The Iraqi parliament in session. (photo: البرلمان العراقي )
At the rate the formation of the next Iraqi government is going, the former Iraqi administration will have to keep running the country for a while. But any interim government will not come under the oversight of MPs in parliament, and this is of concern to many politicians.
Political parties who got the most votes have certainly been negotiating as to how to form the next government, and who will be running things. “But up until now these have not been very serious negotiations because they are waiting for election results to be ratified,” says Wael Abdul-Latif, a Shiite Muslim MP and a former governor of Basra. “After this is done, real negotiations will start. But,” he adds, “we are now waiting for manual re-counts. And nobody knows when that work will be finished.”
The government shouldn’t continue with its full powers in the absence of any checks and balances from a supervisory authority, such as the parliament.
According to the Iraqi constitution, the results of any election should be ratified a month after the day the vote was held – so this year, that would have been June 12. Two weeks before the end of the previous parliament’s term in office, the Iraqi president should be able to summon the new parliament’s MPs to hold their first session in Baghdad. The official term of the previous parliament ended on June 30. So that should have happened around mid-June too. However the various accusations of electoral fraud have made it impossible to stick to those dates.
A new commission made up of judges was appointed to lead the recounting efforts in seven provinces – Kirkuk, Dohuk, Sulaymaniyah, Erbil, Mosul, Salahaddin and Anbar – and this process began last Tuesday. However it was not specified as to how long their work would take. When the commission is finished, their results will be presented to the country’s highest court for approval and any new objections can be submitted then.
Nobody knows what the outcome will be – but one thing is certain: The current administration, headed by the prime minister, Haider al-Abadi, is going to be in charge for a bit longer, in the absence of a new government. But who will oversee them?
MPs have tried several times already to extend their term for another six months so that they can remain in power alongside the executive. However al-Abadi did not attend a meeting organized by the Iraqi president that included the leaders of the major parties to discuss the matter - yet another worrying sign for some.
“It is wrong for the government to continue to work like this without a parliament,” says Sabah al-Saidi, a Shiite Muslim MP with the Sadrist-led political alliance which won the most votes on May 12. “This is why the powers of the government should be limited to the everyday business of running the country. There is nothing in the Constitution about this but the government shouldn’t continue with its full powers in the absence of any checks and balances from a supervisory authority, such as the parliament.”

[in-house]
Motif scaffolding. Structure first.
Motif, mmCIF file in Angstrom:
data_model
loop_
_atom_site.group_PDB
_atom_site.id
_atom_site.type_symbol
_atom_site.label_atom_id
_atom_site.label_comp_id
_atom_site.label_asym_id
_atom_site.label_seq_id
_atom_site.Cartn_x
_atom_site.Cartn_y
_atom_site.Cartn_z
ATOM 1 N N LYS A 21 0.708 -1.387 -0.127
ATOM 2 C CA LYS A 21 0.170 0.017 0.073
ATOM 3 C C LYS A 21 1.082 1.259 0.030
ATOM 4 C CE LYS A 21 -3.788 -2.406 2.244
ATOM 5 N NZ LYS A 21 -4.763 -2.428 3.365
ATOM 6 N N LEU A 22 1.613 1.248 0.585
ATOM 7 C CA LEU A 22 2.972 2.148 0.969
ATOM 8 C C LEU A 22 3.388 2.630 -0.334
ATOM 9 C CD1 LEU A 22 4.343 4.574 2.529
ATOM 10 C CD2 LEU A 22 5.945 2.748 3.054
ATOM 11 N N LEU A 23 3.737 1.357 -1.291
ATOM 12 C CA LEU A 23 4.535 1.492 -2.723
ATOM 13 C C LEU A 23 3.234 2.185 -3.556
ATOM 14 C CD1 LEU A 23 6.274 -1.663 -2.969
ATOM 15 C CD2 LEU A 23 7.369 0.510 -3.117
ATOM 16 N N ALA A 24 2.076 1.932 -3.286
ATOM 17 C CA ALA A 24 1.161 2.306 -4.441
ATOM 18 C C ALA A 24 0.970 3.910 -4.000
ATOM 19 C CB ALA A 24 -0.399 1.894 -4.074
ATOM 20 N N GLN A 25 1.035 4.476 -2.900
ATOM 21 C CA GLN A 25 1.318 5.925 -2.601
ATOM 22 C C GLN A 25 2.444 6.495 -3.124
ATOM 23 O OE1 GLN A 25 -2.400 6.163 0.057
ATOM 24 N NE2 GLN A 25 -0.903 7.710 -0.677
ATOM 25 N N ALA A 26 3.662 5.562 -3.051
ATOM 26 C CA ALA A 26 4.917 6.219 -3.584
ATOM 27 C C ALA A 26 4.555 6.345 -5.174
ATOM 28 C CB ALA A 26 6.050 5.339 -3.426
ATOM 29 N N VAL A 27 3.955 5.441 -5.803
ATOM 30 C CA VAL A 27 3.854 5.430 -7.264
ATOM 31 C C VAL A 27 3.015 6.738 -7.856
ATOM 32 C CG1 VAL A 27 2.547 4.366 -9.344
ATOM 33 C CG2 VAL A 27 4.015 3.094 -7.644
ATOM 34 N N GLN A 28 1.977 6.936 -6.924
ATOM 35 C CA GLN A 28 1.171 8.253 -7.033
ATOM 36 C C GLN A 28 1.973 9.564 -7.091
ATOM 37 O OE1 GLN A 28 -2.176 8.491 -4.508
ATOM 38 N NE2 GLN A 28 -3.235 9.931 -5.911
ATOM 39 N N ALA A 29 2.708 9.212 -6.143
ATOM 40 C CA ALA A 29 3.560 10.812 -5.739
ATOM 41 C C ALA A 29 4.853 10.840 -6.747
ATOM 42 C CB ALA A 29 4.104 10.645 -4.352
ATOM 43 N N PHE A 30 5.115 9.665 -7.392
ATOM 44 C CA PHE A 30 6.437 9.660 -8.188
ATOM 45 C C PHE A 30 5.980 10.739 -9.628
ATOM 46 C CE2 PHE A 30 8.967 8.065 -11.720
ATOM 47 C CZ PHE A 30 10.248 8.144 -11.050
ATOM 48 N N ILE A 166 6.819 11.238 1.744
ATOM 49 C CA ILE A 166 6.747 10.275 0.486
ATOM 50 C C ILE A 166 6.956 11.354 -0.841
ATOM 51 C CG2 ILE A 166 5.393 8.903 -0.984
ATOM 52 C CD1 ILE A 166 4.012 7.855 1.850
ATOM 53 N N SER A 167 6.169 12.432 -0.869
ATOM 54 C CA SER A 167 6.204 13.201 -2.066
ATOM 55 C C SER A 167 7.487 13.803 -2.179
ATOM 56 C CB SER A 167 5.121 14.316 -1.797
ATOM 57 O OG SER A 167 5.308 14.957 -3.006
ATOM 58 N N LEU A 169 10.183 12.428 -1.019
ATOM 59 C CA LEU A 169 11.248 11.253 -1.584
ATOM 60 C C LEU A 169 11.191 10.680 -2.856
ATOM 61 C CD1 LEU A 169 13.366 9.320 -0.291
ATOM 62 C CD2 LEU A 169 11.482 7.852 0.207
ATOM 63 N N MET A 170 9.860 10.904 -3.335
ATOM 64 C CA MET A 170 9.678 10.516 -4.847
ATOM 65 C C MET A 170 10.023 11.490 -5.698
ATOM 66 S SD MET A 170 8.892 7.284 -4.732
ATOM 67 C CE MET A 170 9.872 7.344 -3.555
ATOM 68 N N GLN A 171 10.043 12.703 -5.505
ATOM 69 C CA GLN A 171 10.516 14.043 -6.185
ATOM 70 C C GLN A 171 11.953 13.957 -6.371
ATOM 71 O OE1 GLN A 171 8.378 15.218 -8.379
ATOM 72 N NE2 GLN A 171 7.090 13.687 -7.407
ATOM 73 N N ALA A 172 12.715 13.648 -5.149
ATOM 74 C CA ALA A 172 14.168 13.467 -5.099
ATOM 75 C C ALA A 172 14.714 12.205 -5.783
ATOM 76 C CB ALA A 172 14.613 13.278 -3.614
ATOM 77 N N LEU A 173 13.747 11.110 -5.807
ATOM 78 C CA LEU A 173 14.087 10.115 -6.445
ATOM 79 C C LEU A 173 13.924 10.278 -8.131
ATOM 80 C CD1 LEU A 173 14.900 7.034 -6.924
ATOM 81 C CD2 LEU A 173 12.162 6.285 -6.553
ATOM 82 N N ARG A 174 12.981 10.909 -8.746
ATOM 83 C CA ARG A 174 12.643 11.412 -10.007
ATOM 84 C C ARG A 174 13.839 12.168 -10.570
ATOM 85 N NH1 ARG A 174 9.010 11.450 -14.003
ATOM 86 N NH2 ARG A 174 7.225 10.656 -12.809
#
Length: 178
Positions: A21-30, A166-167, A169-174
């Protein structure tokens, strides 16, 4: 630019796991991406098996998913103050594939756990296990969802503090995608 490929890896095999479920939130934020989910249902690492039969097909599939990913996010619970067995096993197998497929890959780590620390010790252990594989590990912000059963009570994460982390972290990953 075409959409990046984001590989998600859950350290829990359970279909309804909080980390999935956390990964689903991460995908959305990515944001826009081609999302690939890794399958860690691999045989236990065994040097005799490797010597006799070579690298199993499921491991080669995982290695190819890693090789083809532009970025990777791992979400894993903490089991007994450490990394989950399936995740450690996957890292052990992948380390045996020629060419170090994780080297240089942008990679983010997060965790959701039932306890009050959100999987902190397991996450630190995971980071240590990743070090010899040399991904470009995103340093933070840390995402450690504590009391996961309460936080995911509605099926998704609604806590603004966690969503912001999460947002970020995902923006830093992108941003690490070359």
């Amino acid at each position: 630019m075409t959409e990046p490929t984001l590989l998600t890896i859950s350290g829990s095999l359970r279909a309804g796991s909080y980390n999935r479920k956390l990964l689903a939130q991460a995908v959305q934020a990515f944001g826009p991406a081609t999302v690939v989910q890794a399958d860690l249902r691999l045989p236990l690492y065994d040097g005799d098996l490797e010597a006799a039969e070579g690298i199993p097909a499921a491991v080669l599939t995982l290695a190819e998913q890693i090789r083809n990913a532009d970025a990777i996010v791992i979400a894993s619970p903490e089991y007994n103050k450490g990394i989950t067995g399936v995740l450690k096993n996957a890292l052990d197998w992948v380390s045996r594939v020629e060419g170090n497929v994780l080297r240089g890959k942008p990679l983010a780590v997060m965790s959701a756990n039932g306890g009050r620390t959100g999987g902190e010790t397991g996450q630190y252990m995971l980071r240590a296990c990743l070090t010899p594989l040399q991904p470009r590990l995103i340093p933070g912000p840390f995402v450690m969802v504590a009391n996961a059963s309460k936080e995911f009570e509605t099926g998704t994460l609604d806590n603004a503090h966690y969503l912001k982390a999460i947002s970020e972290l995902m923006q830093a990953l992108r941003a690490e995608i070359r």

Mansour al-Baiji, an MP for the Shiite Muslim alliance, State of Law, thought that the commission appointed to recount votes should hurry. Because “it is not right for the government to perform caretaker functions, without a parliament,” he argued.
In fact, the Iraqi Constitution does mention a form of “caretaker government” twice, but only briefly and the mentions don’t go into detail about such an administration’s rights and responsibilities.
This is dangerous and the situation could continue for a long time.
Article 61 talks about what happens in the case of a vote of no confidence, whereby the prime minister and ministers are allowed to keep running the country for no longer than 30 days. Article 64 talks about what happens if parliament is dissolved early – it says that elections should be held within 60 days of the day of dissolution and that the cabinet can continue to run everyday business until then, even though it has also effectively been dissolved.
But none of that explains how to proceed in this case, when the formation of the next government is delayed. That is why some locals are calling this situation part of the country’s “Constitutional vacuum”. There have been many problems with the interpretation of the Constitution since it was adopted in 2005.
This so-called constitutional vacuum “gives the government absolute power without parliamentarians having any control,” complains Farah Basil Sharif, an MP and a member of the parliamentary committee on legal affairs. “This is dangerous and the situation could continue for a long time if negotiations to form the government take a long time and the accusations of electoral fraud are not promptly resolved.”
“The current government still enjoys its full powers,” local legal expert, Tareq Harb, points out. “An administration is only considered a caretaker government when confidence is withdrawn from it, or if parliament is dissolved before the end of its term. Those parties who are saying that the current government should have its powers restricted, need some kind of constitutional text to support their demands,” he told NIQASH. Unfortunately for them, presently they do not.